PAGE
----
Miller says there were also several small details, such as lines that he felt were “poetic and beautiful,” which ended up on the cutting room floor. That explains James Cameron’s description of the movie being “forged in fire.” But Cameron may not have been the only one to disagree with Miller’s choice in that regard. On the press tour, Dark Fate star Linda Hamilton remembered Miller wanting to give Sarah Connor lines to make her more relatable as a character, thereby softening her up. So maybe she and Cameron were right to push back in those instances.
In Miller’s mind, he felt an obligation to fight for his vision because “that is what the director is...
Woody Allen’s controversial memoir “Apropos of Nothing” has at least one major admirer: Larry David. In a recent interview published by The New York Times, the “Seinfeld” and “Curb Your Enthusiasm” creator shared some praise for Allen’s memoir, which was surprise released on March 24 courtesy of Arcade Publishing. David said, “Yeah, it's pretty great, it's a fantastic book, so funny. You feel like you're in the room with him and yeah, it's just a great book and it's hard to walk away after reading that book thinking that this guy did anything wrong.”
Arcade touts Allen’s memoir as “a candid and comprehensive personal account by Woody Allen of his life, ranging from his childhood in Brooklyn through his acclaimed career in film, theater, television, print and standup comedy, as well as exploring his relationships with family and friends.” Allen uses the memoir to once again deny allegations of child molestation made against him by his adopted daughter Dylan Farrow. The director writes the allegation was a result of Mia Farrow’s “Ahab-like quest” for revenge against him.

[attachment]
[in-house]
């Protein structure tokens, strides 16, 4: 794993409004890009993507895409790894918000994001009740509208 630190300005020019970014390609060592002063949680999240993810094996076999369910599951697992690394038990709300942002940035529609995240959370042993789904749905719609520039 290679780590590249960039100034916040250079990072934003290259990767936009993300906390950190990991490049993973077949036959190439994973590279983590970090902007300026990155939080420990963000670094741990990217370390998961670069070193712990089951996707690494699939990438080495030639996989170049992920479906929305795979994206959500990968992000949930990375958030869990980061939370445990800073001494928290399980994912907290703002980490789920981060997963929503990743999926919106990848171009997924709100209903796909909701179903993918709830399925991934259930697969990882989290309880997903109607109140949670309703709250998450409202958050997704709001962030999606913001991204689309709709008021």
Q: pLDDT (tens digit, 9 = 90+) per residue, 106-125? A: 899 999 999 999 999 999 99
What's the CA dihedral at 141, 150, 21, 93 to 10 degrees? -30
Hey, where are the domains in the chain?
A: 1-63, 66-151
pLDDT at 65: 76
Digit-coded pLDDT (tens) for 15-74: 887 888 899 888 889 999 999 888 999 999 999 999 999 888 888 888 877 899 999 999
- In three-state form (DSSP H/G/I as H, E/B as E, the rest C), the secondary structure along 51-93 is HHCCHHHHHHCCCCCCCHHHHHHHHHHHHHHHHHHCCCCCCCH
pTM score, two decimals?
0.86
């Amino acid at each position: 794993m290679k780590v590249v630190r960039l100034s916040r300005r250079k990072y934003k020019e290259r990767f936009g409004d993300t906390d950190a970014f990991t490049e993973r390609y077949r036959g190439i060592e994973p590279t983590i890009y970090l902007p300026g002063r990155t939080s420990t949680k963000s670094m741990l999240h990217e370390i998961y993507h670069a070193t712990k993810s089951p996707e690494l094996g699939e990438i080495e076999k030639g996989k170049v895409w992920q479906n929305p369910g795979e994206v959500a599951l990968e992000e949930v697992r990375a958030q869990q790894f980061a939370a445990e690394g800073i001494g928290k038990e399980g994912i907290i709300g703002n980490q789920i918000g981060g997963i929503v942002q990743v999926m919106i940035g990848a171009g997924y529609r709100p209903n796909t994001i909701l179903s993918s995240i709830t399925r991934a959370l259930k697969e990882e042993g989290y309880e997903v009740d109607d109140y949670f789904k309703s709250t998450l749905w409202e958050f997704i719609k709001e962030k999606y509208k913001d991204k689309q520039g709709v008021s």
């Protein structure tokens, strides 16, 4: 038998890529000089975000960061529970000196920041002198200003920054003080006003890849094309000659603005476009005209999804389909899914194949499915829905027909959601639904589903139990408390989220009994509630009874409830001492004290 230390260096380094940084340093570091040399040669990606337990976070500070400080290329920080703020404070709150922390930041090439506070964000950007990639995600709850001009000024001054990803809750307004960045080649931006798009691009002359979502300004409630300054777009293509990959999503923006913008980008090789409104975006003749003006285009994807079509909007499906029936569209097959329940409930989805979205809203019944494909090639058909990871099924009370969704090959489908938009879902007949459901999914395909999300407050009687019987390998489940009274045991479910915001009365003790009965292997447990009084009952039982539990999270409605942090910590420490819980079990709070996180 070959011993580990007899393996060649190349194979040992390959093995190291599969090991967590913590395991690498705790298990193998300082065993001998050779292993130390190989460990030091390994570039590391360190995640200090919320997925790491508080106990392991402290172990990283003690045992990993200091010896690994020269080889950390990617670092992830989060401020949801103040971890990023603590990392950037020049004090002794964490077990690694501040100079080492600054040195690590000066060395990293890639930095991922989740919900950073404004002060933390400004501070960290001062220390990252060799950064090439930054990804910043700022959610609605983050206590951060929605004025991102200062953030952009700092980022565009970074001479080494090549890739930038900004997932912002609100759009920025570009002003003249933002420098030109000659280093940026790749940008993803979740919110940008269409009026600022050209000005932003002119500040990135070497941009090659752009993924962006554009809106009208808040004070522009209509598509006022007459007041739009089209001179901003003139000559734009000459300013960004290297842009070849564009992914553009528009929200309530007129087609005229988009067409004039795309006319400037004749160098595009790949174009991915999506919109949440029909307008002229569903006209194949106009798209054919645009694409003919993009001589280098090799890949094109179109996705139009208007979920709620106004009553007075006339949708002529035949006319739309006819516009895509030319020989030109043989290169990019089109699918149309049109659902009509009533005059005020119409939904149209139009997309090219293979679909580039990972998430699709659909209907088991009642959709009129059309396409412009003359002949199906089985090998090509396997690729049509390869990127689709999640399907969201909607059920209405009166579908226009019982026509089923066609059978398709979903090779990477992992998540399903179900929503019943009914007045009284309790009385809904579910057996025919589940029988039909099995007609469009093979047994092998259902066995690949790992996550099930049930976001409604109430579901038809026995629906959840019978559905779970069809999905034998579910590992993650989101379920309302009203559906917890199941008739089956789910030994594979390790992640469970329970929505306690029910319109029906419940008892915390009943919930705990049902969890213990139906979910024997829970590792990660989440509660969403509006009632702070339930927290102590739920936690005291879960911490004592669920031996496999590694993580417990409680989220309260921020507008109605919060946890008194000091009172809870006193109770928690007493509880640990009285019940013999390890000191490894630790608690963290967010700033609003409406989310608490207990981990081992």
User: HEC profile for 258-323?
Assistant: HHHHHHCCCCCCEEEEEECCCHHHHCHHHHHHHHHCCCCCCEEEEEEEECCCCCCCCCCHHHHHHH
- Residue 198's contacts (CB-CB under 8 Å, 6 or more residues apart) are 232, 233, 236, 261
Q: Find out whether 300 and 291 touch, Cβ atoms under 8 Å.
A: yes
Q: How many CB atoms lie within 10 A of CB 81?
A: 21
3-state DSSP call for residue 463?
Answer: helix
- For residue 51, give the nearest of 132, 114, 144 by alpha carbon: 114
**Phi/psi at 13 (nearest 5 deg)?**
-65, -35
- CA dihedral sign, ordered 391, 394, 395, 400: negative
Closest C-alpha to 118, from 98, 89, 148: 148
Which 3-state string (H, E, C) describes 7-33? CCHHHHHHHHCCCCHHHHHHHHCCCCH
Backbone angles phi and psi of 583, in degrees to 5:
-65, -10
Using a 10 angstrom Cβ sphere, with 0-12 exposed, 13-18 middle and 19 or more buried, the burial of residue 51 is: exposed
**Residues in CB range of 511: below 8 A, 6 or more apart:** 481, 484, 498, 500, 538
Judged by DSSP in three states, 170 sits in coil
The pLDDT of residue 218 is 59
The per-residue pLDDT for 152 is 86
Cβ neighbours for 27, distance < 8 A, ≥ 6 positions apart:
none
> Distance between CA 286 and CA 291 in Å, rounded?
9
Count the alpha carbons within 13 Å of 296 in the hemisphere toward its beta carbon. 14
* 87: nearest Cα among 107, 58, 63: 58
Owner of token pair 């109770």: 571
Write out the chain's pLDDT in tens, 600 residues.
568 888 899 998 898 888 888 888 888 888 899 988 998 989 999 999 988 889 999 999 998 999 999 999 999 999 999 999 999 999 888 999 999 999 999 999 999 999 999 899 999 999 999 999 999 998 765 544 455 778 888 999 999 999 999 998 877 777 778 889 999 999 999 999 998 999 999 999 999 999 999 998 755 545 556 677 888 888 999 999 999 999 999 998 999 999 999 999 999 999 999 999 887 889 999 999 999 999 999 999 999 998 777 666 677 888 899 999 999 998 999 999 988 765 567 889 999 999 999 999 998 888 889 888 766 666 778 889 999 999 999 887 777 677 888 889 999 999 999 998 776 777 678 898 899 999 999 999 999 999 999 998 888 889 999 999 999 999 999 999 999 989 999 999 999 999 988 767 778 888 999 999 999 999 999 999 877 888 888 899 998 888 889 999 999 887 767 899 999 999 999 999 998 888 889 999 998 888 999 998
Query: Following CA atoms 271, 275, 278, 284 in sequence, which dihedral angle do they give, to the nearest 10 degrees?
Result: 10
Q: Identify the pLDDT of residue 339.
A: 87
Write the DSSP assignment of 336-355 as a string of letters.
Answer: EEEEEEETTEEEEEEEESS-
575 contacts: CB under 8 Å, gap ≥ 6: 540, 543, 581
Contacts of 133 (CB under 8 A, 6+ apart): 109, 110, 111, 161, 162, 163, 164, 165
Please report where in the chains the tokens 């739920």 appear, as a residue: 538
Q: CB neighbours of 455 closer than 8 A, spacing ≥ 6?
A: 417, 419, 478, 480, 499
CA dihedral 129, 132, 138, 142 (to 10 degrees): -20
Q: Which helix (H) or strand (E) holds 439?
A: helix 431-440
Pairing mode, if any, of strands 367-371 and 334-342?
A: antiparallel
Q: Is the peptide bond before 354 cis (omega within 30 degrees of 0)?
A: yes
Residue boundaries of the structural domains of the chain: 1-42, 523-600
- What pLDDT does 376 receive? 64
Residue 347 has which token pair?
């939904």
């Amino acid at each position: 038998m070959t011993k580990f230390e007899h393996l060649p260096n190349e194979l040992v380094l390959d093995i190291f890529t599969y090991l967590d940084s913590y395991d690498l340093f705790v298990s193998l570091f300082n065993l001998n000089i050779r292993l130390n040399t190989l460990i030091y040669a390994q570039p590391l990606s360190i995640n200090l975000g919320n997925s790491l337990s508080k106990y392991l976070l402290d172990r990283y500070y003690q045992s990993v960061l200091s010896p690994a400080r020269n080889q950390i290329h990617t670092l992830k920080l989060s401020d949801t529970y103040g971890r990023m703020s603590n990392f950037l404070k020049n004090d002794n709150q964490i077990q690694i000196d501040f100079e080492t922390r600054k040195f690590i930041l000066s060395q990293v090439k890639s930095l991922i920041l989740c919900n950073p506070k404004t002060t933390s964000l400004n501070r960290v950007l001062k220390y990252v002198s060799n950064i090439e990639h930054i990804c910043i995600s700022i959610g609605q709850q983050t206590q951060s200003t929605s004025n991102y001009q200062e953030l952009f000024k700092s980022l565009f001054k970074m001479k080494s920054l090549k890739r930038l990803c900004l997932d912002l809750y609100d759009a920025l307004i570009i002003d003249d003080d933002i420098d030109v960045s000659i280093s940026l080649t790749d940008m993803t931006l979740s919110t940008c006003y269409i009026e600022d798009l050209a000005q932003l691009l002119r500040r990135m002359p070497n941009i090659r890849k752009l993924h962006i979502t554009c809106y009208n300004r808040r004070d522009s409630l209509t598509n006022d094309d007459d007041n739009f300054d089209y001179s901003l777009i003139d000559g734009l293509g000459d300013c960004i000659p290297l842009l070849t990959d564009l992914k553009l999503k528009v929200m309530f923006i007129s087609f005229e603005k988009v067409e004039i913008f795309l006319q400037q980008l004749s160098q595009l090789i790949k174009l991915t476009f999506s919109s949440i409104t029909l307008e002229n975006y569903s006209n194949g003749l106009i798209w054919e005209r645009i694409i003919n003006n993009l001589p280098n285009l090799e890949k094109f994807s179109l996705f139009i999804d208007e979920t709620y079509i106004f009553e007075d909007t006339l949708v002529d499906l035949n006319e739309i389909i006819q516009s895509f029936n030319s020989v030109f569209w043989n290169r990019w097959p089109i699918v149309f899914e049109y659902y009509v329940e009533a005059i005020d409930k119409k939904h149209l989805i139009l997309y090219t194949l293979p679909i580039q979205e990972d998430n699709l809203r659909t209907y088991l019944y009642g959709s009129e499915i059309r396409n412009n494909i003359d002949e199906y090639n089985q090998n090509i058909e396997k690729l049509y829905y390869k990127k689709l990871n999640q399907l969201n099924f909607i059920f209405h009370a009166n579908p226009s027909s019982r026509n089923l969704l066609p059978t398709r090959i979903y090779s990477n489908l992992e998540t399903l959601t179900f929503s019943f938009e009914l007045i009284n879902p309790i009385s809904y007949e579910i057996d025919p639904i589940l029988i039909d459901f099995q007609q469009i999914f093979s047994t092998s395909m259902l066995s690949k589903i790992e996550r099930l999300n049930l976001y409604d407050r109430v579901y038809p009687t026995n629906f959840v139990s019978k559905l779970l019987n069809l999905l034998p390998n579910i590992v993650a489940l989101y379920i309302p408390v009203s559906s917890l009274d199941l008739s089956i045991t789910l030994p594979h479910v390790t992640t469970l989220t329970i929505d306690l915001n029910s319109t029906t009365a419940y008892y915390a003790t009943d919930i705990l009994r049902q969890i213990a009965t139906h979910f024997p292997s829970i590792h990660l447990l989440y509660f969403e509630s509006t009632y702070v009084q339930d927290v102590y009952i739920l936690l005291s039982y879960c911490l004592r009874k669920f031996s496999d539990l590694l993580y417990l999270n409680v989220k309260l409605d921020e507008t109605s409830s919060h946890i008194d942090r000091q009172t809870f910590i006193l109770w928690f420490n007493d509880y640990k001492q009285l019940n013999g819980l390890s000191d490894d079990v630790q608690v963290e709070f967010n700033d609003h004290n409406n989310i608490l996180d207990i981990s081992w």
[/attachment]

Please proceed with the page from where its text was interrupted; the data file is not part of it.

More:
“I never laid a finger on Dylan, never did anything to her that could be even misconstrued as abusing her; it was a total fabrication from start to finish,” Allen writes, adding that he did place his head on Dylan's lap during an August 1992 visit to Farrow's Connecticut house. “I certainly didn't do anything improper to her. I was in a room full of people watching TV mid-afternoon.”
“Apropos of Nothing” was originally scheduled for release by book publisher Hachette, but widespread backlash to the book’s distribution and company walkouts forced the company to kill the release. Hachette returned to the rights to the novel to Allen and Arcade stepped in to release the book last month. Arcade editor Jeannette Seaver defended the release of the book in a statement that reads: “In this strange time, when truth is too often dismissed as 'fake news,' we as publishers prefer to give voice to a respected artist, rather than bow to those determined to silence him.”
Allen’s book is now available for purchase. Head over to The New York Times to read more from David’s interview.